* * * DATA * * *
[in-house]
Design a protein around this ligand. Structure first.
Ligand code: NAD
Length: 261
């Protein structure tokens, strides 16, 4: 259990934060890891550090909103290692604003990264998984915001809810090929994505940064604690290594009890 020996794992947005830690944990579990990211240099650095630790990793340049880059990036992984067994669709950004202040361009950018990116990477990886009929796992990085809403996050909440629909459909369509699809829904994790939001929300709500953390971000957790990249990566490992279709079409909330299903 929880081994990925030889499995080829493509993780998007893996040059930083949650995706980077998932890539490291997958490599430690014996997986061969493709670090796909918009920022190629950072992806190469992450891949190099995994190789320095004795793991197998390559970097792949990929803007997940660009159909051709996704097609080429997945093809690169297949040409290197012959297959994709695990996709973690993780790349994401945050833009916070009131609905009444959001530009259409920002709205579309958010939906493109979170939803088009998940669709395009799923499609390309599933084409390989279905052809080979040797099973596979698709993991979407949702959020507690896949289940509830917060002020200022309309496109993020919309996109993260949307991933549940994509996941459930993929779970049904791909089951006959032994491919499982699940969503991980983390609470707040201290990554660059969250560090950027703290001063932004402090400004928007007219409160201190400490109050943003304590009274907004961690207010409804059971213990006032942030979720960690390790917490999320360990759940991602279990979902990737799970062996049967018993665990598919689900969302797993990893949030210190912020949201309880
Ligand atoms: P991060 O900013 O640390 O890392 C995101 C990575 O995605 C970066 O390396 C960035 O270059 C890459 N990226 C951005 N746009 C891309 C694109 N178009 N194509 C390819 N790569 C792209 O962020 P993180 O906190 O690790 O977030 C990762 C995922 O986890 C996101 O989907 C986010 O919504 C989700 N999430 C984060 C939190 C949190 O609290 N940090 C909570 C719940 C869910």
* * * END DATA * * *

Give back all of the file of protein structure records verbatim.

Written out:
[in-house]
Design a protein around this ligand. Structure first.
Ligand code: NAD
Length: 261
């Protein structure tokens, strides 16, 4: 259990934060890891550090909103290692604003990264998984915001809810090929994505940064604690290594009890 020996794992947005830690944990579990990211240099650095630790990793340049880059990036992984067994669709950004202040361009950018990116990477990886009929796992990085809403996050909440629909459909369509699809829904994790939001929300709500953390971000957790990249990566490992279709079409909330299903 929880081994990925030889499995080829493509993780998007893996040059930083949650995706980077998932890539490291997958490599430690014996997986061969493709670090796909918009920022190629950072992806190469992450891949190099995994190789320095004795793991197998390559970097792949990929803007997940660009159909051709996704097609080429997945093809690169297949040409290197012959297959994709695990996709973690993780790349994401945050833009916070009131609905009444959001530009259409920002709205579309958010939906493109979170939803088009998940669709395009799923499609390309599933084409390989279905052809080979040797099973596979698709993991979407949702959020507690896949289940509830917060002020200022309309496109993020919309996109993260949307991933549940994509996941459930993929779970049904791909089951006959032994491919499982699940969503991980983390609470707040201290990554660059969250560090950027703290001063932004402090400004928007007219409160201190400490109050943003304590009274907004961690207010409804059971213990006032942030979720960690390790917490999320360990759940991602279990979902990737799970062996049967018993665990598919689900969302797993990893949030210190912020949201309880
Ligand atoms: P991060 O900013 O640390 O890392 C995101 C990575 O995605 C970066 O390396 C960035 O270059 C890459 N990226 C951005 N746009 C891309 C694109 N178009 N194509 C390819 N790569 C792209 O962020 P993180 O906190 O690790 O977030 C990762 C995922 O986890 C996101 O989907 C986010 O919504 C989700 N999430 C984060 C939190 C949190 O609290 N940090 C909570 C719940 C869910």